This is part of a five-part series looking at how the coronavirus epidemic affects China’s relationships with the rest of the world. Part two focuses on how the coronavirus has shaken the commitment of multinational companies working in China, and whether it may lead to another wave of manufacturing exits.
Some are celebrating the decision to leave, others are regretting their decision to stay, while the rest have no choice but to lick their wounds and count their losses.
But for any international company that manufactures in China, the coronavirus has put a rocket under the debate on how wise it is to keep all your eggs in one basket.
For some, having already dealt with rising wages, burdensome governance and a bruising two-year tit-for-tat tariff slug out with the United States, the coronavirus outbreak, which has ripped through the country’s economy and upended the global supply chain, is the last straw.
“For most multinational companies, my sense is the virus has shaken their commitment that China remains a place to be,” said Ken Jarrett, a former US diplomat in China who now advises foreign businesses on their China strategy for Albright Stonebridge Group.
A director at a global manufacturing giant said the outbreak, which laid waste to China’s famed production heartland for weeks, was their “told you so moment”, reaffirming their decision to leave China.
Now, with the risks of being too exposed to China made plain and production at their Chinese plants languishing at around 50 per cent, the company will speed up their exit.
“An interesting consequence of coronavirus is that it has picked winners and losers,” said Kyle Sullivan, China practice lead at advisory firm Crumpton Group. “Companies that had already diversified supply chains away from China as a tariff mitigation strategy are simply continuing those plans indefinitely. On the other hand, companies that had not taken diversifying tactics at the height of the trade war are now regretting it.”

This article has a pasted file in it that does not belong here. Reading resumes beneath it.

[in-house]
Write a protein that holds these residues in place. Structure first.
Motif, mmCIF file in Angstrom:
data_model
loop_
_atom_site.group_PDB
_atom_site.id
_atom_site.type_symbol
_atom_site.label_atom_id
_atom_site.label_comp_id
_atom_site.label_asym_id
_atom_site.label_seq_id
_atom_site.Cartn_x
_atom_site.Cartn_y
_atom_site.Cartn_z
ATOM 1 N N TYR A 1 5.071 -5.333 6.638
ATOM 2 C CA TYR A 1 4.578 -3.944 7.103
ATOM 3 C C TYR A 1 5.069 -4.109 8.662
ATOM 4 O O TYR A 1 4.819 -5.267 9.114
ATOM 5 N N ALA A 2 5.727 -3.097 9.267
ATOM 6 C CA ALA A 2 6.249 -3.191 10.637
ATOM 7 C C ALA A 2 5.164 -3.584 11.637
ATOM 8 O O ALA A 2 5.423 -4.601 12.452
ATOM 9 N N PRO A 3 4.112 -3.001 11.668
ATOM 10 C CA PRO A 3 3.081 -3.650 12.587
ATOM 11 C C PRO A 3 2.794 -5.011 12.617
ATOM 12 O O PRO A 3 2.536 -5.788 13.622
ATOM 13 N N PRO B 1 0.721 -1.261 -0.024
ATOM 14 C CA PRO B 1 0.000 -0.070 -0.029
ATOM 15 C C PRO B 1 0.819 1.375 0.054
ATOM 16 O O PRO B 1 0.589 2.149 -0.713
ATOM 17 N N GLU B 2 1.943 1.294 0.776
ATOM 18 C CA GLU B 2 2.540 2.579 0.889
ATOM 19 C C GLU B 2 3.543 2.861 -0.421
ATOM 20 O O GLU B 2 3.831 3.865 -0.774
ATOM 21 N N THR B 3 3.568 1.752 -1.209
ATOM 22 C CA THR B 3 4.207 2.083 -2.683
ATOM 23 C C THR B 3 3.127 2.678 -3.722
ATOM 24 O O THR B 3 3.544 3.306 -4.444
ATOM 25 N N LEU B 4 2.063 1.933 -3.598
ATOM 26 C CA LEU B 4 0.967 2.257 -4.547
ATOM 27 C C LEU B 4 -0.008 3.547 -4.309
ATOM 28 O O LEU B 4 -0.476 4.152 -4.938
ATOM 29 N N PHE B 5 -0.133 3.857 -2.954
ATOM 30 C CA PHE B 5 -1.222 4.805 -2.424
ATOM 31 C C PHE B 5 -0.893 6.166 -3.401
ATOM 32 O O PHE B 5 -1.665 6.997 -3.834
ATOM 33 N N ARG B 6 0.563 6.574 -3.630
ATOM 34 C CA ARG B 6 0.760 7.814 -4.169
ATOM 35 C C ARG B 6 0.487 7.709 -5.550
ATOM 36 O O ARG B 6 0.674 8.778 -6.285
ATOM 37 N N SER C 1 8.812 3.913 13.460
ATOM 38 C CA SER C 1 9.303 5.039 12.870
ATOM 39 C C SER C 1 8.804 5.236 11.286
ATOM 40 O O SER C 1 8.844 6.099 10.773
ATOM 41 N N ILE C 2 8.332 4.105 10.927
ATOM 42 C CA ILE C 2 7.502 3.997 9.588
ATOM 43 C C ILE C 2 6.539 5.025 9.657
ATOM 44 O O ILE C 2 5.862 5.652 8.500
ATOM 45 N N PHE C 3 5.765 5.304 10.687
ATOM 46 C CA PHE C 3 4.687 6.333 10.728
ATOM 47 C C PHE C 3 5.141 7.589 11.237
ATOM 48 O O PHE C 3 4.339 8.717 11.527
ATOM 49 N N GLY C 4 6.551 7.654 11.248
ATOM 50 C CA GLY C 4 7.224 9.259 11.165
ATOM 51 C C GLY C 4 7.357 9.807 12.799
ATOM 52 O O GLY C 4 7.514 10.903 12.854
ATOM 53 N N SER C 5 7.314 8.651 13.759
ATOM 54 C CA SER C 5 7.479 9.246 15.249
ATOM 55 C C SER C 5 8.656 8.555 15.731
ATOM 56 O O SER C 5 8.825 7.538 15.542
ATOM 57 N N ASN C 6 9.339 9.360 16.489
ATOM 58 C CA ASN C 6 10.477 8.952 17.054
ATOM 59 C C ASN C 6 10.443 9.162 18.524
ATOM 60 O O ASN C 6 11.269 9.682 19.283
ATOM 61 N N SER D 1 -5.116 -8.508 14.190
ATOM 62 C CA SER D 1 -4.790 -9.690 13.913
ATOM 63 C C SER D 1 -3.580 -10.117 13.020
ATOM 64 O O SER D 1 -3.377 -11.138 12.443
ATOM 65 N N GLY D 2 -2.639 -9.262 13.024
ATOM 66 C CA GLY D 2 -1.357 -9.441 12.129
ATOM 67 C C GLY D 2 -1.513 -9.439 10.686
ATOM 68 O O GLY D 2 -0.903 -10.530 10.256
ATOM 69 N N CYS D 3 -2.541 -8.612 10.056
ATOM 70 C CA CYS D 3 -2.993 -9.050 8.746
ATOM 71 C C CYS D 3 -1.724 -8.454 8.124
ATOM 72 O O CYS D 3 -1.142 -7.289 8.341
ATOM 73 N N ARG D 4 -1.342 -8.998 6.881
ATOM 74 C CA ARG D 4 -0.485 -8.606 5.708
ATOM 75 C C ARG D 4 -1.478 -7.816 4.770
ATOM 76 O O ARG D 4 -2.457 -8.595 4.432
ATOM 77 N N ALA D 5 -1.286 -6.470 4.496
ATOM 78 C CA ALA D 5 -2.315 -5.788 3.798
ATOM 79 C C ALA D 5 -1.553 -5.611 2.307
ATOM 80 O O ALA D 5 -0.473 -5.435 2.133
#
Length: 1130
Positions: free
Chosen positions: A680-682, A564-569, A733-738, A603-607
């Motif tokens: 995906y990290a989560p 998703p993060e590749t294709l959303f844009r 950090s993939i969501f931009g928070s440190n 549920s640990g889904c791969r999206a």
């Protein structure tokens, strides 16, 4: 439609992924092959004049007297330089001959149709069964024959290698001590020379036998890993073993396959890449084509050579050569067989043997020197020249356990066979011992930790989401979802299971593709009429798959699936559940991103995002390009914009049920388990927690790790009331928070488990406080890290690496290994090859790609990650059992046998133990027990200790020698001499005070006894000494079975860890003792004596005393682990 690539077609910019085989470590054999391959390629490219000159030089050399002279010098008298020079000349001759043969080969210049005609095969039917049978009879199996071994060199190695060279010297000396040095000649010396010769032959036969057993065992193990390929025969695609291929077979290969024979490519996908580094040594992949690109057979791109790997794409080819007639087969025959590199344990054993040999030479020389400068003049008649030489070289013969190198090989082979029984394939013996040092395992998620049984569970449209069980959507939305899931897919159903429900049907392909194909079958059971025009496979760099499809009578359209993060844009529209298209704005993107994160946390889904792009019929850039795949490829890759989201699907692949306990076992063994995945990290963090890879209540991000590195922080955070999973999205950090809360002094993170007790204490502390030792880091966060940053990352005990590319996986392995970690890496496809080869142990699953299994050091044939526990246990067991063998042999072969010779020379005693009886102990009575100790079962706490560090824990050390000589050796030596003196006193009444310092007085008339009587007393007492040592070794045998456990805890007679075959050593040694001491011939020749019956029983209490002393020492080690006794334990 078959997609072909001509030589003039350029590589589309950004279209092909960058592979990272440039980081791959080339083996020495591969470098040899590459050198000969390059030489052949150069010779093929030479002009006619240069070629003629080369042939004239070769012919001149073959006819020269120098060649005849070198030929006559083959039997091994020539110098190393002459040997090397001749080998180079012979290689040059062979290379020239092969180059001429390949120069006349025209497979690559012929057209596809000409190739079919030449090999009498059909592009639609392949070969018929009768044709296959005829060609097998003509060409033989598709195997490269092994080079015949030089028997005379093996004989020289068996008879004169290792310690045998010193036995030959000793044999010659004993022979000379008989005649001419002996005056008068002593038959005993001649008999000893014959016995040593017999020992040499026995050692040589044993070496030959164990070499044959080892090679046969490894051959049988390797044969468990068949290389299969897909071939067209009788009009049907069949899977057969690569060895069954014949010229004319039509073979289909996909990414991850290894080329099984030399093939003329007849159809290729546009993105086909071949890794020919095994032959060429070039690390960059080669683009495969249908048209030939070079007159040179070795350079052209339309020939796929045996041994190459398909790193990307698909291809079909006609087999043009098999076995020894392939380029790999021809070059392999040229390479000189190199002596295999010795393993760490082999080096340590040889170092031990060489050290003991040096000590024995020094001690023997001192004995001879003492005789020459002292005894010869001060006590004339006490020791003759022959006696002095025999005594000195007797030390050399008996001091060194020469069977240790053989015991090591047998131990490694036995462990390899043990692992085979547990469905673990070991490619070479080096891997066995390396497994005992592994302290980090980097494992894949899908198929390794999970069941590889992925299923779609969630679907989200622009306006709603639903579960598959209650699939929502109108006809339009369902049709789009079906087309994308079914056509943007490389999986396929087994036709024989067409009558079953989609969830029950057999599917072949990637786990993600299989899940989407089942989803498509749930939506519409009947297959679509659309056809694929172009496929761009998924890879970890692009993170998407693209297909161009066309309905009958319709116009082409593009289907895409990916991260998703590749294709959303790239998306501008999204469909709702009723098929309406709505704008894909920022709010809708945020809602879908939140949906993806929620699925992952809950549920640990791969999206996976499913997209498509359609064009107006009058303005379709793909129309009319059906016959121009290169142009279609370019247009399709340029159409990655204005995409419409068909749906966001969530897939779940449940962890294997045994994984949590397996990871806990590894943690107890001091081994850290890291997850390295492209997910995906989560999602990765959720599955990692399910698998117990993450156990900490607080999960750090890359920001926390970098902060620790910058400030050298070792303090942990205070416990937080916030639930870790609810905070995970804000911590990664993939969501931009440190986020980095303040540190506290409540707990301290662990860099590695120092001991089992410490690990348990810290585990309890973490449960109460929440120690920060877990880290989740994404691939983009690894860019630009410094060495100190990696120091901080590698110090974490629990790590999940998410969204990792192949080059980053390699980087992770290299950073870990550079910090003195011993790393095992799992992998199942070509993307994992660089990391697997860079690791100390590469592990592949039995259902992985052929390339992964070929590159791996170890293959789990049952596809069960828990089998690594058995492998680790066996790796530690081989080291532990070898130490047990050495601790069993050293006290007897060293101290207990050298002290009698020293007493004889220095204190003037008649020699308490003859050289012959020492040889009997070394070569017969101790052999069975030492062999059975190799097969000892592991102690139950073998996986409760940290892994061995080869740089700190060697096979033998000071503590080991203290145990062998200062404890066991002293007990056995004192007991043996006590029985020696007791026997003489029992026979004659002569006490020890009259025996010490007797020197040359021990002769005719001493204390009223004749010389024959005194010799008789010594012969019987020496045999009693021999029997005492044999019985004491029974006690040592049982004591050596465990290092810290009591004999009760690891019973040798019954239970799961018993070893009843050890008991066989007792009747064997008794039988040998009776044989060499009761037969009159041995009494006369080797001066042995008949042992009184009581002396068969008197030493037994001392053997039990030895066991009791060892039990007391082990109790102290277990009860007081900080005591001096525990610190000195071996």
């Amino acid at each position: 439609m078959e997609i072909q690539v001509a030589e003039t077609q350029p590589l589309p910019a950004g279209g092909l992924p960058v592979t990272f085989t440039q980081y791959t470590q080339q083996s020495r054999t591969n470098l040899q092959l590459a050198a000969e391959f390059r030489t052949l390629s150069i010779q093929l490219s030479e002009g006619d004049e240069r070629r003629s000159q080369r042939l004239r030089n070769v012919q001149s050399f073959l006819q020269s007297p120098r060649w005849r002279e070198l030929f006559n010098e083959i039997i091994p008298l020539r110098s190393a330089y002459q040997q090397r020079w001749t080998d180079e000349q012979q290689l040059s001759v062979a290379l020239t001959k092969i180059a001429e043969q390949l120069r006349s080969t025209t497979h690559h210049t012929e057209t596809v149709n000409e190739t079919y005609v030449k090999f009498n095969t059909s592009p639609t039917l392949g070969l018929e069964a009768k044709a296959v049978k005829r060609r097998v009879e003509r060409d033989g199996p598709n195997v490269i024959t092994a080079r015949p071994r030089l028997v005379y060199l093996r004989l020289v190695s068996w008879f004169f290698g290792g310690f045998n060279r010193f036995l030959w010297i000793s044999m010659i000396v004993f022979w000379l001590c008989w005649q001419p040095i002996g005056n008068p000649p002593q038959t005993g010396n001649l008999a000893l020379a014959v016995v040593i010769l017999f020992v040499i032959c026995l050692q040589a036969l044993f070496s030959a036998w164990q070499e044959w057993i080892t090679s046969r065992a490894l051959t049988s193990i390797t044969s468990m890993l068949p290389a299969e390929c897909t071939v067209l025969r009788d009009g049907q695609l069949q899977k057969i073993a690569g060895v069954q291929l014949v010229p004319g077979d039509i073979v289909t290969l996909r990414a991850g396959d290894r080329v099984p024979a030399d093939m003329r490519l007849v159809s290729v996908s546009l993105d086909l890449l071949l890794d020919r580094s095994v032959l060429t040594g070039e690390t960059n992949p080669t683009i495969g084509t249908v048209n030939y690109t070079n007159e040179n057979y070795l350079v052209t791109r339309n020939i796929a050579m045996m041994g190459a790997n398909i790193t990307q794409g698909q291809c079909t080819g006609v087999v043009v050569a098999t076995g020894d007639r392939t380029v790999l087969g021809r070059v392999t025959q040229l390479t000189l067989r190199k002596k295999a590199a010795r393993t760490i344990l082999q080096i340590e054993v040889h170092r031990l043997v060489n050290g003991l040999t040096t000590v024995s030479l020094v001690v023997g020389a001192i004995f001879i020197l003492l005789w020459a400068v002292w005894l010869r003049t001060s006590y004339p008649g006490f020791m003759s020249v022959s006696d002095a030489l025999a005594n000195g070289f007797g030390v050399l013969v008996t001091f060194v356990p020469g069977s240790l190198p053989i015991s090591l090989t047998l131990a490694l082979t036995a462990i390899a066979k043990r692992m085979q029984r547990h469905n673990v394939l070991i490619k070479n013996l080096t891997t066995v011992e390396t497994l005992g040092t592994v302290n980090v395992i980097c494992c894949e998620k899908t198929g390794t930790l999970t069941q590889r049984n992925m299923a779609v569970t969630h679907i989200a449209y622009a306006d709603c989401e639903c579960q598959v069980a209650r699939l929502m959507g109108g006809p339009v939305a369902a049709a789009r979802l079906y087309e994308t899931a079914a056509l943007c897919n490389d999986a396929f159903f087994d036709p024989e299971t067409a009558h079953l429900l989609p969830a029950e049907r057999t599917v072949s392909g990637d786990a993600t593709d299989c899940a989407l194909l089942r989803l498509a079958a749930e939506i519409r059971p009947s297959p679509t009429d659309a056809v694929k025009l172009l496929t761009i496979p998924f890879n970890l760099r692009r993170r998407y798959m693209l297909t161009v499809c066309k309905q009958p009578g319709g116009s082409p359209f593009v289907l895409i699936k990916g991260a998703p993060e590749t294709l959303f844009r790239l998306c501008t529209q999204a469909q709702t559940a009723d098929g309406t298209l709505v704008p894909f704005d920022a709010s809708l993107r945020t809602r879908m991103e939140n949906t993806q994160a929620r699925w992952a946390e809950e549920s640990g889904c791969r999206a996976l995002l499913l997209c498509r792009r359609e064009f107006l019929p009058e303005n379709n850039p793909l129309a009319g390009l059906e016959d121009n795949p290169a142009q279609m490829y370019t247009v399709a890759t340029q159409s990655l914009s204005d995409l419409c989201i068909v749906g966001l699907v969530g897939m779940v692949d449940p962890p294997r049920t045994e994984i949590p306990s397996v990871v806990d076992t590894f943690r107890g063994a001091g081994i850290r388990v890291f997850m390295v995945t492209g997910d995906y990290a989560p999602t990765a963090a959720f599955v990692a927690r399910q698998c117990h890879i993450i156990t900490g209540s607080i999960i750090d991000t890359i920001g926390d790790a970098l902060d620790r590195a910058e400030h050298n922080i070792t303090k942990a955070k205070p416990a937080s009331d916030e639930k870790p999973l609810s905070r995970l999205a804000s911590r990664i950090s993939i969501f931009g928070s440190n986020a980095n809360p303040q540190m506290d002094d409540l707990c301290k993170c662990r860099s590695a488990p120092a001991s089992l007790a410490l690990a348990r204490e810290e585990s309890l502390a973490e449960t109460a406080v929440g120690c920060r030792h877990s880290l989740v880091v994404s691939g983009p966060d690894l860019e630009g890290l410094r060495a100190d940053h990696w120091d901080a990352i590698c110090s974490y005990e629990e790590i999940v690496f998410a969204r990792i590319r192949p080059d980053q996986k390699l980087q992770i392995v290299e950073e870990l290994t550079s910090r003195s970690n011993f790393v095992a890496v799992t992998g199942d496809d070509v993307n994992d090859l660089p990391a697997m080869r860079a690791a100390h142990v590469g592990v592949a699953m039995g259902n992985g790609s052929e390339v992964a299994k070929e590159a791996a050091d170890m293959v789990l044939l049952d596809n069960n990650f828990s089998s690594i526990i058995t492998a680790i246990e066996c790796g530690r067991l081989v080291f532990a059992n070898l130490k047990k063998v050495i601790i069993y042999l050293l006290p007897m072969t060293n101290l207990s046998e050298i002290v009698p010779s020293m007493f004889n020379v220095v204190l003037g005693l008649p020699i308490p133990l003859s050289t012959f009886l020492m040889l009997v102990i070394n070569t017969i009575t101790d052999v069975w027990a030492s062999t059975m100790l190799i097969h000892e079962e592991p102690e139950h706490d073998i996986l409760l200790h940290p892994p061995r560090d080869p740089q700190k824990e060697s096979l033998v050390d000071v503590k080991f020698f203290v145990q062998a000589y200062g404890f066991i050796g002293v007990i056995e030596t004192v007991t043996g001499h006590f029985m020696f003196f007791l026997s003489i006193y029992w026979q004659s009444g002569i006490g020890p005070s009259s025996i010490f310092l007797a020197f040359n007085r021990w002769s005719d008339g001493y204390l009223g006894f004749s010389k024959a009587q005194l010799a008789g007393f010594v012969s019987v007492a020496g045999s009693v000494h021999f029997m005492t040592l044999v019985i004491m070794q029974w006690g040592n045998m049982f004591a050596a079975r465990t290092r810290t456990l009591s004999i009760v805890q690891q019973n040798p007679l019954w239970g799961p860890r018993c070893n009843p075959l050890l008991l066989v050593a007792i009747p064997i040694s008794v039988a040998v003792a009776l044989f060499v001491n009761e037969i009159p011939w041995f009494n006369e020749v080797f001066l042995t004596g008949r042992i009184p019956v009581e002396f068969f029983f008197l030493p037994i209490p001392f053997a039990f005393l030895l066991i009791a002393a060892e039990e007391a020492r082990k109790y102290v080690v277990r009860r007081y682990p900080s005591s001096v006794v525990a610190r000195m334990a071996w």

Isaac Larian, the CEO of MGA Entertainment, an American toy company, said that his production remains at the mercy of the volatility in China. He already worries about how the impact of the virus will hit peak shopping periods such as August, before children in the US and Europe go back to school, and even Christmas.
“In four decades doing business in China, the coronavirus is the worst thing to happen,” said Larian. “People do not realise that this is going to be a major disruption to consumer goods.”
Larian has not followed the crowd of manufacturers fleeing for new pastures, instead, 85 per cent of MGA’s merchandise, and 99 per cent of his top product, LOL Dolls, are still made in China.
“We are dependent on China in a big way. There is no way you can pick that up and go to another country,” said Larian, who added that he cannot find affordable labour for his factory in the US state of Ohio, while other locations in India and Vietnam do not have the workforce or infrastructure to compete. “In my opinion, for the next 10 years, there is no way to get out of China.”
Larian’s view that “no other country can do what China does” stands up to scrutiny.
China has 1.4 billion people, a world-class logistical network, and decades of manufacturing experience unrivalled in alternative hubs. Many companies find it difficult or impossible to leave, while the scale of the country means most big companies will need to retain some manufacturing presence in the mainland, even as they reduce their overall reliance.
“China’s manufacturing base still casts a long shadow across Asia. Its experience, supplier networks and breadth of product knowledge are difficult to replicate on a similar scale,” said Simon Archer-Perkins, chief operating officer at ET2C International, a sourcing company. “We have also seen greater flexibility on order size and depth of products when compared with other markets as well as a willingness to invest at factory level in more specialist capabilities.”
But many companies who have moved some or all their production out of China have their eyes wide open to the deficiencies of new locations. They will not be as well-oiled, efficient, or reliable, but they will be cheaper and, they hope, carry less risk.
“Over the past couple of years, companies have realised they were a little bit overbalanced, relying on China a little too much, despite many warnings. It’s supply chain 101: do not put all your eggs in one basket, that is the basic stuff,” said Kent Kedl, partner at consultancy Control Risks’ Greater China and North Asia practice.